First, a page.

Friday, August 27, 2010

It's All Relative

I've got a pretty busy October lined up. I'll be pacing my friend Bill (Fishadad) at the Smuttynose Half-Marathon in Hampton on October 3rd. On October 9th, I'm participating in a wedding, and on October 17th, I'm running the Bay State Full marathon. On October 31st, I'll dress up like a pumpkin and run around the neighborhood. OK. Maybe that last part isn't true, but it sure would be fun.

My stretch goal for the Bay State marathon is to break the magical 4:00 mark. Based on my half-marathon distance PR at the VCB 1/2 earlier this year (1:51:04), the MacMillan calculator puts my equivalent marathon time at 3:54:14, or an 08:57 pace. The pace required for a 4:00 flat marathon is 9:09. Last weekend, I went out and ran 17 miles and averaged 9:01. I feel pretty positive about that run, and about my chances at Bay State, for several reasons -

1) I've been putting in the miles. I've been following the the Higdon Novice 2 program and making small tweaks here and there - like adding Yasso 800's on speed days and running progression when I'm feeling up to it on Tuesday/Thursday runs.
2) I've added cycling as a cross-training element. This has made a huge impact on my breathing and overall fitness.
3) I've been running in the VFFs, which has started to change my stride. I find that I'm able to get higher turnover with a more upright posture, and I'm not heel striking as hard/bad as before.
4) HILLS. Everywhere I train near my house is hilly. Bay State is flat. Hills are speed work in disguise.

That said, I still have a lot of time before the marathon to bolster my chances of a sub-4:00 showing. Like everyone else, I often do most of my reflection/thinking during long runs. This past weekend, while out for 17, I got to thinking about my fitness level, and my goals for this fall, and how they compare to other people I know, most notably, my brother, who recently completed a full ironman triathlon on July 31st.

I started thinking about my own journey, from morbid obesity 10 years ago, to completing the Kona marathon in 2001, to gaining back 1/2 of that weight, to today - when I look in the mirror and see myself at the highest fitness level of my life. I thought back to last year, when I began running again in earnest, weighing 50+ lbs more than I do today. I was running 3-4 miles with average paces of 11 and 12 minute miles. I thought about my first marathon in Kona - where I posted a 6:03. A 13:51 pace. To put this in perspective, my brother ran a marathon, after swimming 2.4 miles and biking 112, in 5:20 (12:12 pace). This is simply amazing to me.

Last weekend, we had a combination birthday-party/ironman-celebration for him. It was fantastic to get to shake the hand of an ironman. I tweeted about it -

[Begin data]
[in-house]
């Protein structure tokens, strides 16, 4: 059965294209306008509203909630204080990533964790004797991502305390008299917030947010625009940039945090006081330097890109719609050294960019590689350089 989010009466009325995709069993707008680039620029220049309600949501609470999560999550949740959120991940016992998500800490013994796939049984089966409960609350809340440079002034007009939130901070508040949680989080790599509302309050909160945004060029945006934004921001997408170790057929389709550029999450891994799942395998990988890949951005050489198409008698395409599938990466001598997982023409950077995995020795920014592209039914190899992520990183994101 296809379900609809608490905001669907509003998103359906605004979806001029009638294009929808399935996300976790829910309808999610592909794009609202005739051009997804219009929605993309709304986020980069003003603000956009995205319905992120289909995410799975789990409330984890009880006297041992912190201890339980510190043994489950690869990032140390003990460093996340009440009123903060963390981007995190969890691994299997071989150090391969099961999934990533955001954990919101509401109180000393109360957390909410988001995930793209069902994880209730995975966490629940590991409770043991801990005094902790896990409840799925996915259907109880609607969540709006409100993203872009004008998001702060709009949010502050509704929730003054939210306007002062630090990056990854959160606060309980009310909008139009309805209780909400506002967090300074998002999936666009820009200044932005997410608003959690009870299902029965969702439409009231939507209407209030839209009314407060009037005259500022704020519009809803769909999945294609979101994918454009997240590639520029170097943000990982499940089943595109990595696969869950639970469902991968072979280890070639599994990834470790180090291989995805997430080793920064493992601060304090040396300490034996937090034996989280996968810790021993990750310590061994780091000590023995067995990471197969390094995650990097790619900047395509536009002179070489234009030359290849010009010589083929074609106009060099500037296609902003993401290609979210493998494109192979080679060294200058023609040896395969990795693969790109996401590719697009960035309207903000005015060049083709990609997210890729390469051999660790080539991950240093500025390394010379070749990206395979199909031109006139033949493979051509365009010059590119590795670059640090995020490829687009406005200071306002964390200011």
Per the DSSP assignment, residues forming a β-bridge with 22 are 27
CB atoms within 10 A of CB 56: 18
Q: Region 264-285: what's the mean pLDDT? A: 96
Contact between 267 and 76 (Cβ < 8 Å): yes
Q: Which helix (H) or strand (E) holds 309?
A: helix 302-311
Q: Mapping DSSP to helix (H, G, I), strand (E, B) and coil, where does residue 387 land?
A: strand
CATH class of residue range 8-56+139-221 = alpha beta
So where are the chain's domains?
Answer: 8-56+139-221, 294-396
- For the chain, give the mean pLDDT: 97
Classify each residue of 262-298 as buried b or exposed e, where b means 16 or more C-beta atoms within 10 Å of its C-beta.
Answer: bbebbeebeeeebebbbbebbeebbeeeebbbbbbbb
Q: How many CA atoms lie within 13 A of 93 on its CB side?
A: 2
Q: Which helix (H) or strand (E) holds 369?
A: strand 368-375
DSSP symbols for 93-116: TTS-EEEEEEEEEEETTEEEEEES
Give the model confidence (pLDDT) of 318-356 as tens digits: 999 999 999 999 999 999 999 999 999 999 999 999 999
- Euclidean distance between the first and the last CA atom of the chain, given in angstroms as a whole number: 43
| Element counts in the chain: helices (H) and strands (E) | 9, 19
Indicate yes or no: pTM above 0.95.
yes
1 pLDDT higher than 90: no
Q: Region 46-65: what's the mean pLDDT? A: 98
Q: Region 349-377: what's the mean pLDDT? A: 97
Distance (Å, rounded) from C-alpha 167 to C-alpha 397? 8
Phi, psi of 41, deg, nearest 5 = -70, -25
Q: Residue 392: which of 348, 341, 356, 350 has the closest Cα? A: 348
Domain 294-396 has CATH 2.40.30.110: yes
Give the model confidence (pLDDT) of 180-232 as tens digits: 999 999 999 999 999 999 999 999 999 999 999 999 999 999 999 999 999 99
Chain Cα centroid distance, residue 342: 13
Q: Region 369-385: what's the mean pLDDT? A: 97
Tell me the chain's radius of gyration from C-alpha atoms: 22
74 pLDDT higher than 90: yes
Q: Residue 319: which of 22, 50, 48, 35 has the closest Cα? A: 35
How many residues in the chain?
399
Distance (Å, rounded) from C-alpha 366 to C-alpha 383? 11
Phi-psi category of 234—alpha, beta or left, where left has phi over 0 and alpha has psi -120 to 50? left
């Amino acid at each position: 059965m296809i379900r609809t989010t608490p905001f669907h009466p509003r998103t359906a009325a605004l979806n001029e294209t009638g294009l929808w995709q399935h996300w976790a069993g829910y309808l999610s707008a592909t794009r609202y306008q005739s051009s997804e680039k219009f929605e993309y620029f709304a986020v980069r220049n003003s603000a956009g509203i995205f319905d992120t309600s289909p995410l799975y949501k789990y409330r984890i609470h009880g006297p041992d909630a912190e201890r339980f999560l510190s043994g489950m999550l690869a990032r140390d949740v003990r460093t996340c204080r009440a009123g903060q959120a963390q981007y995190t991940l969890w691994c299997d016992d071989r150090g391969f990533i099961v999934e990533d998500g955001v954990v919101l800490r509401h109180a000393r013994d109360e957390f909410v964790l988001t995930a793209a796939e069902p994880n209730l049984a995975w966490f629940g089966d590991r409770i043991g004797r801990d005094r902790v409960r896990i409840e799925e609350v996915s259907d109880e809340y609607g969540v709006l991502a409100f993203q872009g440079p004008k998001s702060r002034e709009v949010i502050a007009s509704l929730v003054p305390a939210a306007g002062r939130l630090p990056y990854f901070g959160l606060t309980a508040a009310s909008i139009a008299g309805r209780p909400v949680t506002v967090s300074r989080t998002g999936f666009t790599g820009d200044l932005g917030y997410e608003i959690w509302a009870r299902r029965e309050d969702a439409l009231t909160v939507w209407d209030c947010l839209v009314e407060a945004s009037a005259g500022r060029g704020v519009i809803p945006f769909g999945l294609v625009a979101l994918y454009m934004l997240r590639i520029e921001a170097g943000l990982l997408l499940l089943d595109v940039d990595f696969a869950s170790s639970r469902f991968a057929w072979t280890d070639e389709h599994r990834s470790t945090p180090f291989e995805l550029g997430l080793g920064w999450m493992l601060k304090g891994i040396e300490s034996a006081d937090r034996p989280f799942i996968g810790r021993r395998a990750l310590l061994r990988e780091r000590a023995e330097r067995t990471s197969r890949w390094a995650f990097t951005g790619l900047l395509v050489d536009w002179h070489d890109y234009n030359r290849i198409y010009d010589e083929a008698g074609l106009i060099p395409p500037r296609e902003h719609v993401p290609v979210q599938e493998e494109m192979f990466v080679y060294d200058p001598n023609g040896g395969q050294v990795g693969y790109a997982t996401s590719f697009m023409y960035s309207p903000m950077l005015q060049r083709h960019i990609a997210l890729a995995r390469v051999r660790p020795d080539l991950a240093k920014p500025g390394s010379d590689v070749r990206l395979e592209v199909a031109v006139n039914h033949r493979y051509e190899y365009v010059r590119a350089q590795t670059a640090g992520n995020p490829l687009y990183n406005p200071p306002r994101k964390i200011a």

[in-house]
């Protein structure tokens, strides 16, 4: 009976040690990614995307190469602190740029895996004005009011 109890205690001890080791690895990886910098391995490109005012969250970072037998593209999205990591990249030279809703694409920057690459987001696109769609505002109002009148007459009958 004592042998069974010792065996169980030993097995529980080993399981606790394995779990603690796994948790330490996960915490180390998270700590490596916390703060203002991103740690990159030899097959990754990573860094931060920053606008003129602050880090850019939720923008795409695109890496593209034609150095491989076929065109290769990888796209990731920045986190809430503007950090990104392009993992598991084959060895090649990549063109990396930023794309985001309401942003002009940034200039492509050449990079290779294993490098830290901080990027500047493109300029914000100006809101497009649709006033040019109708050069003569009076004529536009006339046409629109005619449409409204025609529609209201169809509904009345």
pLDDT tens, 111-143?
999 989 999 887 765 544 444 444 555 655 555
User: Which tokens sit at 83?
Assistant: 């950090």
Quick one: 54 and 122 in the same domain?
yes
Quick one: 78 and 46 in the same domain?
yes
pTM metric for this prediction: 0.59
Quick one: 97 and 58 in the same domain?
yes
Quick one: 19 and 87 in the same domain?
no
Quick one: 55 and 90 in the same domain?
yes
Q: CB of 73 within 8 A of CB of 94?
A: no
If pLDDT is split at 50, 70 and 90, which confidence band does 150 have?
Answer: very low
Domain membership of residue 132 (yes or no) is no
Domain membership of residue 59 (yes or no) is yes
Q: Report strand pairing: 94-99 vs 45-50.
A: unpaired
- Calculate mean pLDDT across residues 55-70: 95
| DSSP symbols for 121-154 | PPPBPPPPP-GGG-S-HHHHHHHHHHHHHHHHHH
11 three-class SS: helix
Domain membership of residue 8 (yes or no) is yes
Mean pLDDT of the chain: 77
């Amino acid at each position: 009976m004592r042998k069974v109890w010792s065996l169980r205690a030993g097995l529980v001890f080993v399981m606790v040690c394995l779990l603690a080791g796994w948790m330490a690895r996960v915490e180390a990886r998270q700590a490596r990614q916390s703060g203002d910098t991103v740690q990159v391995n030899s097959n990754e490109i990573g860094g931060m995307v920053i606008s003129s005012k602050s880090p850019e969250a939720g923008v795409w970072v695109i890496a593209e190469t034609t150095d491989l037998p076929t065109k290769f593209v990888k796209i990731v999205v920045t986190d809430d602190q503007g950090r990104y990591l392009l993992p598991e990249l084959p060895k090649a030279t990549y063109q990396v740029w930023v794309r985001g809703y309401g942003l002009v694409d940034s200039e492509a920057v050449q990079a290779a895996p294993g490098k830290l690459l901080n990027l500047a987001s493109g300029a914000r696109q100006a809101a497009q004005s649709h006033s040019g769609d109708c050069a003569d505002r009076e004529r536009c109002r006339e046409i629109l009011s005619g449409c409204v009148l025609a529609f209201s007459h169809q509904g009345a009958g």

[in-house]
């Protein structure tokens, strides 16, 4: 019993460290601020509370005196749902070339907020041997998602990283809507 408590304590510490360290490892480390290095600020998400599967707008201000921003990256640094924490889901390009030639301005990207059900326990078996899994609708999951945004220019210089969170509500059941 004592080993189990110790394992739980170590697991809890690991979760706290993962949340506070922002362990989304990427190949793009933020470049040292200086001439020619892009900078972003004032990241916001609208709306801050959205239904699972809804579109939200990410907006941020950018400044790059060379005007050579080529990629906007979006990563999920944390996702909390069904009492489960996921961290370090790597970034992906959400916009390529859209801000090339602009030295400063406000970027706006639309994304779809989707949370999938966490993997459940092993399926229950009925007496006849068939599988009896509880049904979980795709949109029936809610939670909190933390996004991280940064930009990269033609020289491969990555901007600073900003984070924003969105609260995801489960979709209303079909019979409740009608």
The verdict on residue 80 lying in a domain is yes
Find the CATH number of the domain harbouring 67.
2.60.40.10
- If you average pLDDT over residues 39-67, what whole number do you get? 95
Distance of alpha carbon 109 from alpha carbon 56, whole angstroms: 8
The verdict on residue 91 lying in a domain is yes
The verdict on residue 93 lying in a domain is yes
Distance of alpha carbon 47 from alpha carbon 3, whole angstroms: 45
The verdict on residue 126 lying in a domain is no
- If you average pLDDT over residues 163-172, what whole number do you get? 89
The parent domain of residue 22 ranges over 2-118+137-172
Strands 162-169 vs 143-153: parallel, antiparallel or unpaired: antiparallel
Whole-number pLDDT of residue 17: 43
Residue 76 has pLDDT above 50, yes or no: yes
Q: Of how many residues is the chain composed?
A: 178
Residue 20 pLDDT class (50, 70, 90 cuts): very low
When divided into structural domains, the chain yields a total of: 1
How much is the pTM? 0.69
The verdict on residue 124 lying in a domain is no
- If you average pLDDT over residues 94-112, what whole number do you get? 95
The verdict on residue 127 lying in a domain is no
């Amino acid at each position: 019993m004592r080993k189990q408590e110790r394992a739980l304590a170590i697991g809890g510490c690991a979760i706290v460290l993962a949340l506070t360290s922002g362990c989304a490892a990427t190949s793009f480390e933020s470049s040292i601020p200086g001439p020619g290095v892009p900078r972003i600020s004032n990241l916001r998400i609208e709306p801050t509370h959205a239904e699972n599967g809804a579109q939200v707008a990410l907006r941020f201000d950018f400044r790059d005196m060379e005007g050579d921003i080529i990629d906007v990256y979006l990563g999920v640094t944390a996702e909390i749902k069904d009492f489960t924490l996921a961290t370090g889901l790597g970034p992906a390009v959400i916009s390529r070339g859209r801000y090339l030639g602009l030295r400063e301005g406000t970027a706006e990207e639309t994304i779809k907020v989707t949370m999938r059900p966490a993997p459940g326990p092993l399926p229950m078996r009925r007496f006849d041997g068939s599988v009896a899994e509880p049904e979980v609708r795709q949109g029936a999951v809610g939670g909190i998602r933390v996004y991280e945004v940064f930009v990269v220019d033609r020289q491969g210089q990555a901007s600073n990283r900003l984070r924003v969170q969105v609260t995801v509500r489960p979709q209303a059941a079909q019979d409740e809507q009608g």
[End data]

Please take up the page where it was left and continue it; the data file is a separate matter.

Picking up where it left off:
Today I shook the hand of an ironman triathlete. Then, I gave him a hug. Then I said - I'm proud of you, little brother.

Then I told him that maybe someday I'd do one. But I'd do it faster. :)



Here is a picture of the shadowbox that the family put together, commemorating his achievement. I am insanely proud of what he has done. I am also inspired. While I'm not much of a swimmer, I vow to get in the water and try. Just, not yet. I've got some other things I want to do first, like go back to Kona in 2011 on the 10 year anniversary of my 1st marathon, and crush my previous time. The key part of this goal is beating my time.

It is so easy to fall into the trap of comparing yourself to others. Am I losing this weight fast enough? Do I really belong out here with these other runners? Am I crazy for attempting this distance? Look at those guys on Daily Mile - they're posting 7:30 paces over 24 miles. I am terrible.

SNAP OUT OF IT!

Everybody's journey is unique. When I was 350 pounds, I was happy to complete a 1.5 mile walk at lunch. I didn't dream of running a marathon. If you told me that 10 years later, I'd be aiming to break 4 hours in a marathon, and thinking about triathlons, I would have called you insane. Slowly, you make progress. One step at a time. And that progress is realized by going out and trying to do a little bit better than you did the time before. You might not always do it, but if you want to improve, you can and you will.

I've seen tremendous improvements in my fitness level over the last year. I dropped the weight and have been maintaining in the same 5-7 lb range all year. My running pace has improved dramatically. I believe that there is some room for further improvement. I can probably drop another 10-15 pounds, and tone up some more. I can train harder. I will run faster. Someday, I will qualify for Boston. Someday, I will do a triathlon.

For now, I am happy to achieve MY goals. I may be a mid-to-back-packer. I may not post the most miles in my DM leaderboard, but I'm constantly reminded that it's all relative. Even when I forget, I've got friends to remind me.

@adamm9 you are getting faster my friend!
@luau Yes indeed. Feels pretty awesome! I'm no match for some of you #smutty racers though. :)
@adamm9 it's all relative...


Next time you get caught comparing your progress to those around you, whether it be in real life, online, or just in your head - please do yourself a favor - take a deep breath and repeat after me -

It's All Relative.

Do the best YOU can. You'll thank yourself for it down the road.

Until next time - run, run, run.